Fuji TV’s “Attention Please,” Nihon TV’s “Kin no A-sama X Gin no B-sama” and more

In the 1960s the most coveted job for women in Japan was that of a Japan Airlines flight attendant, which was considered both prestigious and a sure way of meeting rich and famous marriage prospects. Though more and more prestigious occupations have opened up for Japanese women since then, a certain romantic image still adheres to flight attendants.

“Attention Please” (Fuji; Tuesday, 9 p.m.) takes its title and general situation from a very popular drama series from the late ’60s, but everything else has been updated. Or has it?

The series is centered on a young JAL cabin attendant trainee, Yoko (Aya Ueto), who in last week’s episode finally received her uniform.

This week, she and the other rookies read an announcement for next year’s JAL calendar girls. It’s rumored that the judges are considering candidates from the ranks of the trainees and Yoko decides to apply.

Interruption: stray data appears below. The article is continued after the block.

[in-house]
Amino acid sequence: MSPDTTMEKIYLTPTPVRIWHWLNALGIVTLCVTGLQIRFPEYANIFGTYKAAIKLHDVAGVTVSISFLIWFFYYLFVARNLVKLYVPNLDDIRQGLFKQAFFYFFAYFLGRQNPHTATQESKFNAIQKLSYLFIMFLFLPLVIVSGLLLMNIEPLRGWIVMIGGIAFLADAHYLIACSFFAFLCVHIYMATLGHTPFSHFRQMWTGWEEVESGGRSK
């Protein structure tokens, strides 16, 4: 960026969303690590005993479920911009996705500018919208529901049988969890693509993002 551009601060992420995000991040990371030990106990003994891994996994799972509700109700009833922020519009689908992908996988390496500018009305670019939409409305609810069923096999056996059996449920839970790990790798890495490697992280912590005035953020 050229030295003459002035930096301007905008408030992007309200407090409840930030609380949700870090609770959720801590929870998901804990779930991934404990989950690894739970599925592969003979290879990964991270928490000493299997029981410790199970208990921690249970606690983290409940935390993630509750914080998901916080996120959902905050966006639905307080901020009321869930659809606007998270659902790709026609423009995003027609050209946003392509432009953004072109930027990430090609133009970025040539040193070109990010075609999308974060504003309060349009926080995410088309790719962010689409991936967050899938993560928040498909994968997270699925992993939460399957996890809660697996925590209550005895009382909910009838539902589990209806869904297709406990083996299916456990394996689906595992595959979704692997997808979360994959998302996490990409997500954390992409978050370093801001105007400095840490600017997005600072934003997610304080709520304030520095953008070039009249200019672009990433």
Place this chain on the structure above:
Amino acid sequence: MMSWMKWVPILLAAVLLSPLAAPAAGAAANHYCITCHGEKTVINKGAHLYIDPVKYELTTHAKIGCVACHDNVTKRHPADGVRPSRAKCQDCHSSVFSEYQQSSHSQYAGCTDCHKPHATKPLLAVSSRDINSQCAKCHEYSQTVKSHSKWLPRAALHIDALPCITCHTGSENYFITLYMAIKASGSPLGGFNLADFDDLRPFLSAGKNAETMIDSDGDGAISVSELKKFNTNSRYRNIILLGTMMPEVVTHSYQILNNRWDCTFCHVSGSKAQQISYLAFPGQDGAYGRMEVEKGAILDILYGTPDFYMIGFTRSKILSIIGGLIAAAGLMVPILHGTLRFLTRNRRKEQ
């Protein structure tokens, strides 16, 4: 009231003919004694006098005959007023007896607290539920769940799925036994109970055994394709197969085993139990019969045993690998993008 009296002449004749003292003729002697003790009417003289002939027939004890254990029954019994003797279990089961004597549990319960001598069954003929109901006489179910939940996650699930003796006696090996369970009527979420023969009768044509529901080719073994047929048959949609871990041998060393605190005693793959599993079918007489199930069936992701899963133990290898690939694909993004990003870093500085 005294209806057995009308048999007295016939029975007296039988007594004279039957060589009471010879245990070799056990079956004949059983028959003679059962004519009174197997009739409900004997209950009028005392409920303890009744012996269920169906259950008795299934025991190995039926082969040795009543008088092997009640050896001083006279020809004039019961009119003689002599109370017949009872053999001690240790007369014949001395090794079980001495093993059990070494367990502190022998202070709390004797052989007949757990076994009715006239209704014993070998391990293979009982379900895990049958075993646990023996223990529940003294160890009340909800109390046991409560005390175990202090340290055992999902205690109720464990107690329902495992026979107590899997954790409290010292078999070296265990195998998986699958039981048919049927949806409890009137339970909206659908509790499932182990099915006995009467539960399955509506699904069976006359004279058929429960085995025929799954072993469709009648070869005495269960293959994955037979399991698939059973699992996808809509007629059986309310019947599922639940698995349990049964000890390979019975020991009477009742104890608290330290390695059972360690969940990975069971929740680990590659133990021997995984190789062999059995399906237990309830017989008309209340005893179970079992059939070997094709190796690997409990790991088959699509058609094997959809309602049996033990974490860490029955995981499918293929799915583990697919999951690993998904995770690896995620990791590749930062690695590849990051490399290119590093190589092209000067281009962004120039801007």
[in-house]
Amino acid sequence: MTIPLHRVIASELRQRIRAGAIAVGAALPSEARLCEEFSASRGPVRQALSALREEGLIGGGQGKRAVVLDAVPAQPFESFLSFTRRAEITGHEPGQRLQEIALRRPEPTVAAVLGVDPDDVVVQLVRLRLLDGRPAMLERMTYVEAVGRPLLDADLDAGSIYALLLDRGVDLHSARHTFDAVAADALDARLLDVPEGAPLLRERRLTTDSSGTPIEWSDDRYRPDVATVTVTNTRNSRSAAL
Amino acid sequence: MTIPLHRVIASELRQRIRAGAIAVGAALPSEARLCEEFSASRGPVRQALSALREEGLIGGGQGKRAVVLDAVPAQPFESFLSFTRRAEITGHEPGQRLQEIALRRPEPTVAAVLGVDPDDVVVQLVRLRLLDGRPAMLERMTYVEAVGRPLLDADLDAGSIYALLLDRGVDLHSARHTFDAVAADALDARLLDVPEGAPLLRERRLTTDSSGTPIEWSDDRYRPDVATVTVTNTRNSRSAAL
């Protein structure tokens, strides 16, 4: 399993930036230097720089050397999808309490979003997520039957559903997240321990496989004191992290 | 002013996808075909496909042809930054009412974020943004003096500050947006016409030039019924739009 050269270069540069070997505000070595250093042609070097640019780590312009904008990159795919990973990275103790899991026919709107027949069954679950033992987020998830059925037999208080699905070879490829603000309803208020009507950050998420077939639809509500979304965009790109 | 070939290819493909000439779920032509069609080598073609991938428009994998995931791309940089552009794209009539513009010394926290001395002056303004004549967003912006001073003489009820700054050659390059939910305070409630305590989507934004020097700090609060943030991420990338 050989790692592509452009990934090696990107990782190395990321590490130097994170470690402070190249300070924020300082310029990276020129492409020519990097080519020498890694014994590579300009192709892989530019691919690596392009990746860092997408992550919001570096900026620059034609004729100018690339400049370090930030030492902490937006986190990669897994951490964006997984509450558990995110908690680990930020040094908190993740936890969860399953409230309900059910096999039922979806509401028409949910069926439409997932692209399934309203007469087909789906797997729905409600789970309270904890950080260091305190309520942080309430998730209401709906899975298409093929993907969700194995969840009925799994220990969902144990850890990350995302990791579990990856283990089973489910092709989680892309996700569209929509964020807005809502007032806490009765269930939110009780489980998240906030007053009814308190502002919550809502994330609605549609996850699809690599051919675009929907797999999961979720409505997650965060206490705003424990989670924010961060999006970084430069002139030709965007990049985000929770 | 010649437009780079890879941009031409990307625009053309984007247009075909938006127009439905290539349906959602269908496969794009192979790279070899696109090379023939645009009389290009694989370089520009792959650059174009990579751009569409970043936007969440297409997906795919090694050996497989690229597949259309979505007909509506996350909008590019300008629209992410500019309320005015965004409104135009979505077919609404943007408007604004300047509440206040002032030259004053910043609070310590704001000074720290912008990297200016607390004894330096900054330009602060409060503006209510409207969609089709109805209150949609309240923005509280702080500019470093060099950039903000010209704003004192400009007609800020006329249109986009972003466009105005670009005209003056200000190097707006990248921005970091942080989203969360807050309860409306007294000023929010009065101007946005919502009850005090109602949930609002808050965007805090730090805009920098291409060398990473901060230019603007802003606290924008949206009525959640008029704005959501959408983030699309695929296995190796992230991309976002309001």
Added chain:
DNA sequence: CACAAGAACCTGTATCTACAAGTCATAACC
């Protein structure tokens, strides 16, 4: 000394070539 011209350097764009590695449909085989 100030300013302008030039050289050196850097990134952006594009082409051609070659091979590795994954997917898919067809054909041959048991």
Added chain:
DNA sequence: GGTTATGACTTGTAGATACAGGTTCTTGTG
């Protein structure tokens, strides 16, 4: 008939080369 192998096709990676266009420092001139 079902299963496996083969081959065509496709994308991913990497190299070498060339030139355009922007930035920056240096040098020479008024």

Fate is the theme of the variety show “Kin no A-sama X Gin no B-sama” (Gold Mr. A vs. Silver Mr. B; Nihon TV, Thursday, 7:58 p.m.), which is hosted by twin-brother critics Osugi and Piko. The subjects are individuals whose life paths experienced a rapid change of fortunes at a certain point. The purpose is to figure out what caused it.

This week the subject is the Q&A Web site called OK Wave, whose annual earnings now exceed 500 million yen. However, the company’s president has had quite a roller coaster of a career.

After he graduated from an art university, he joined a design firm and later started his own company. However, his partners eventually betrayed him, leaving him with a huge pile of debt and no prospects. He lost everything and lived on the street for two years. However, he was able to pick himself up and start over again, and is now one of the most successful entrepreneurs in Japan. What was the one decision that made the difference?

As the saying goes, laughter is the best medicine, and researchers have found that mirth truly does aid in recovery from disease and prevention of illnesses. Laughter, it turns out, is also good for business.

“NHK Special” (NHK-G, May 21, 9 p.m.) takes an in-depth look at this theory through its application by a leading software development company.

The company’s personnel staff attend comedy shows to find the “secret of humor” so that they can adapt that secret to stimulating their software developers. The president of the company claims that ever since he “obtained a sense of humor” he has become a more efficient manager and the morale and motivation of his staff has improved.